This is something that is often misunderstood about line clearance and EHAP. The certification stays with the paycheck not the paystub. The employer is the one who sets the standard for certification. Most times the requirements are the same no matter what the color of the shirts and trucks though.
I think I can get it done thru ACRT , but yeah ehap is just basically how to identify electrical hazards and requires a few other things. I may get into some line clearance work so its a requirement. Most line clearance companies have in house certification programs in place , im not so im gonna start one. I think I have all the resources I need thru acrt,
EHAP is what we use currently, I know when I worked for Bartlett they used the same thing. It is all that is required as far as getting you designated as a Qualified Line clearance tree trimmer/trainee.
I took the EH training from ACRT through a previous employer it covers a lot of basic ground.
I see there is a Line Clearance Arborist Certification course. My only concern is the trainers lack of understanding of how electricity is conducted and a transformer works. Maybe I'm splitting hairs but it just blew me away when he answered a question and gave his explanation. He had no idea and it had me shaking my head.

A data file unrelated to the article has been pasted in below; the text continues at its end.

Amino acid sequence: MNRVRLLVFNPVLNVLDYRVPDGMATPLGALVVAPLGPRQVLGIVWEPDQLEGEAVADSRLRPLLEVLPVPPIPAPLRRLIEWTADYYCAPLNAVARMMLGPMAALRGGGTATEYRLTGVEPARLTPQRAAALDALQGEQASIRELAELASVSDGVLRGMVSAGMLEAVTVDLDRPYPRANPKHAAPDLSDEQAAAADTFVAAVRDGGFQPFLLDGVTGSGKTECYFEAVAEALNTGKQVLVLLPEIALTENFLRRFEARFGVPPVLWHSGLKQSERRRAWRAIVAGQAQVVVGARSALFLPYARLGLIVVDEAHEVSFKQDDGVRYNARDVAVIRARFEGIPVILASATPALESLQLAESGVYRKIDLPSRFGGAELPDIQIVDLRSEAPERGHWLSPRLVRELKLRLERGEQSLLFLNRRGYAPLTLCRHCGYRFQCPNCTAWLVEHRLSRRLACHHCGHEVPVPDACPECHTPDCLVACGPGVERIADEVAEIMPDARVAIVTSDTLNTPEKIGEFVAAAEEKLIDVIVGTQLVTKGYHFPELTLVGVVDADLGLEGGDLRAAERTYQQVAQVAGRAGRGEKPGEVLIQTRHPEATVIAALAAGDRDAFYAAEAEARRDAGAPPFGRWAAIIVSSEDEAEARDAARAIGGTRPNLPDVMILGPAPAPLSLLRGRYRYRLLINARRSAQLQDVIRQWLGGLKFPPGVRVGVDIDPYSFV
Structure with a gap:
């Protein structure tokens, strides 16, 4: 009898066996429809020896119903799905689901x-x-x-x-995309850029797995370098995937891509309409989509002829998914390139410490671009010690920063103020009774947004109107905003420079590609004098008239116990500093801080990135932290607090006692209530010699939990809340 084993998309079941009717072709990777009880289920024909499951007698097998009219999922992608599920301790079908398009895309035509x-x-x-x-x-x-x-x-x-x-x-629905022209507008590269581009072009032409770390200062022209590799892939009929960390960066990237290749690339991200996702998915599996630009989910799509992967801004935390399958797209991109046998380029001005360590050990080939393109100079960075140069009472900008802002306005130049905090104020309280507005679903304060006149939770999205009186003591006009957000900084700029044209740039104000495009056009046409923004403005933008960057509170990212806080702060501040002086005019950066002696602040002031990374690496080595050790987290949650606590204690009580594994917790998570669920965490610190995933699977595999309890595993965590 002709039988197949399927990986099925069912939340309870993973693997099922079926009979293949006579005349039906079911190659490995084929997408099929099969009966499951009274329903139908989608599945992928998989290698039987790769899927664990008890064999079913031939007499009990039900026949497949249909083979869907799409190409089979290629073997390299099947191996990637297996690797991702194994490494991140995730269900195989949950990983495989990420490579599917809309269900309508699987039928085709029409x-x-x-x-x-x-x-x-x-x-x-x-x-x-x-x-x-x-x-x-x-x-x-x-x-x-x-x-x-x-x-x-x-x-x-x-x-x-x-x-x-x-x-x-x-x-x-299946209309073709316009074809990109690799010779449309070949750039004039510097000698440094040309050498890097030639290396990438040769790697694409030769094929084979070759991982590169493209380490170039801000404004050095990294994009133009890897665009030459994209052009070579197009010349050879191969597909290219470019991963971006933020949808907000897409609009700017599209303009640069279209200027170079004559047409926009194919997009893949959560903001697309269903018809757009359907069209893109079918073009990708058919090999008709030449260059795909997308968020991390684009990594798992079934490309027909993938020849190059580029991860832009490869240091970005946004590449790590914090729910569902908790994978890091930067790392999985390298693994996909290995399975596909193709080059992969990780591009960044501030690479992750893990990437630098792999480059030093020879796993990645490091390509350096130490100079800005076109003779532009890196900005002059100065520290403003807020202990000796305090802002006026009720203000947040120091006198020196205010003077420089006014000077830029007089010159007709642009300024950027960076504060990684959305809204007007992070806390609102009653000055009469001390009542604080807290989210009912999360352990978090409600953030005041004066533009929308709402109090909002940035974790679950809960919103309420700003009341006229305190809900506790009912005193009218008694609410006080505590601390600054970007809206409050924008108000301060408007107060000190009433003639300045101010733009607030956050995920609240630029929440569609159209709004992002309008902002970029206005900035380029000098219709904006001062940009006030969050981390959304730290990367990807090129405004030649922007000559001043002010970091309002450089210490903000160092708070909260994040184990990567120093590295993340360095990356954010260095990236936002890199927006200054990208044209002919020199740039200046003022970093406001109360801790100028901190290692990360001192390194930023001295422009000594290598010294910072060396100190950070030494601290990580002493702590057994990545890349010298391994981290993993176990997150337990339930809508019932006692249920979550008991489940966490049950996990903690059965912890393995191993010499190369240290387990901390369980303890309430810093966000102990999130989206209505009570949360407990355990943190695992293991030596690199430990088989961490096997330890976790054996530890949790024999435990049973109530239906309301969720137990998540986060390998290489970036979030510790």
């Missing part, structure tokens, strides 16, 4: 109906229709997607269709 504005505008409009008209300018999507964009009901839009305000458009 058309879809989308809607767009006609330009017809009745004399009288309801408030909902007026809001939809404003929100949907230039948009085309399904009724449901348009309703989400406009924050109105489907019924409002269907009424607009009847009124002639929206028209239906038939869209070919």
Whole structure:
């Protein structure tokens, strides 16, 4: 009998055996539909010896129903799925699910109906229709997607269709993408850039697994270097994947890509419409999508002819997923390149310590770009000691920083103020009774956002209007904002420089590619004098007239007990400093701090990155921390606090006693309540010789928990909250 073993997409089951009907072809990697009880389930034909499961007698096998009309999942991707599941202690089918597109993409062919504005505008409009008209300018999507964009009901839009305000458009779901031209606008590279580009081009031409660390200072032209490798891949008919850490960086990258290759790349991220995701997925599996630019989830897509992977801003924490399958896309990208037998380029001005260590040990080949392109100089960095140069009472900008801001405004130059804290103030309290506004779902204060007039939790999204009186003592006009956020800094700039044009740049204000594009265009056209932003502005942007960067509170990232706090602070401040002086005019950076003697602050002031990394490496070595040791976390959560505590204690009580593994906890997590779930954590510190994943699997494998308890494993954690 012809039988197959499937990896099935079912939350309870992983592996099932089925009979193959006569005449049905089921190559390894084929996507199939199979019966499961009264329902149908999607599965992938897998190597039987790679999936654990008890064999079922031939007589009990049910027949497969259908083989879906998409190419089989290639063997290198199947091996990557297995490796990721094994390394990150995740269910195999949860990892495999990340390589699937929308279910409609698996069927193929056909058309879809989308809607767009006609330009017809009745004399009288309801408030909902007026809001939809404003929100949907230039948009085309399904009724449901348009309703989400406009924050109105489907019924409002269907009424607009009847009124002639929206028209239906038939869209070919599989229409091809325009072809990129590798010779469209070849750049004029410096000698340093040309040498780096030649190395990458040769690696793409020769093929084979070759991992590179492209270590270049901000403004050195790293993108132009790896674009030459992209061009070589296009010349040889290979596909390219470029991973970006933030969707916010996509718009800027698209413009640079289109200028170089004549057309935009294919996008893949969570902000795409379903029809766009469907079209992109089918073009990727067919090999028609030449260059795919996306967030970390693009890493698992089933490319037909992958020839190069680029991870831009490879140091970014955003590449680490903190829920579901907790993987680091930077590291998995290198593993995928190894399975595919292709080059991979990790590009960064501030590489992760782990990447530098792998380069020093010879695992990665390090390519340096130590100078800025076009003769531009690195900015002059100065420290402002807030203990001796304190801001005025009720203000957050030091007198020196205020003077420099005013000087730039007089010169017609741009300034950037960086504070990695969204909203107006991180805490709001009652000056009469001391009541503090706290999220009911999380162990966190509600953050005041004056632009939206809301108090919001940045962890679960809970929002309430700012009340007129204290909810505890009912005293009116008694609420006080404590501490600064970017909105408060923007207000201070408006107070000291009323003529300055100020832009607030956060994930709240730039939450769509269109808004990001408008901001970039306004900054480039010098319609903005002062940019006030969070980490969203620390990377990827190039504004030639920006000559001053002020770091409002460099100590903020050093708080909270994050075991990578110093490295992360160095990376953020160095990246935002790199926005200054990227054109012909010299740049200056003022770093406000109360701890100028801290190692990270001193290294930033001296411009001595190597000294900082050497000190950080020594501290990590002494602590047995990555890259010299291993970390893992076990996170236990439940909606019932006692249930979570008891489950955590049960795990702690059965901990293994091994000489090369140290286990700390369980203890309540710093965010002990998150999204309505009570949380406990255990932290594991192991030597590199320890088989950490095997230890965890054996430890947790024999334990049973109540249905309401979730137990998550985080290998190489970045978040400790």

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I noticed ACRT offers a program ,is there any other outlets to get certified. Also can in be done in house somehow ?
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I think you're looking to get "Qualified". Being "Certified" is generally construed as having an un-associated third party document your qualifications.
Annex B of ANSI Z133-2012 lays it all out for you. One can be had for $20. Less if you’re an ISA member.
If you’re decent with a computer, I'd wager you'd have a week invested when you have finished creating your training materials and sign-offs. Remember that with most training – if it isn’t documented, signed & dated - it never happened.
The toughest part of EHAP DIY is the Operational Safety Section. It might be fun to rubber stamp your ability around energized facilities but is that a true assessment? Most safety policies are written in the blood of others so the direction one goes depends upon how well one can stand the sight of it.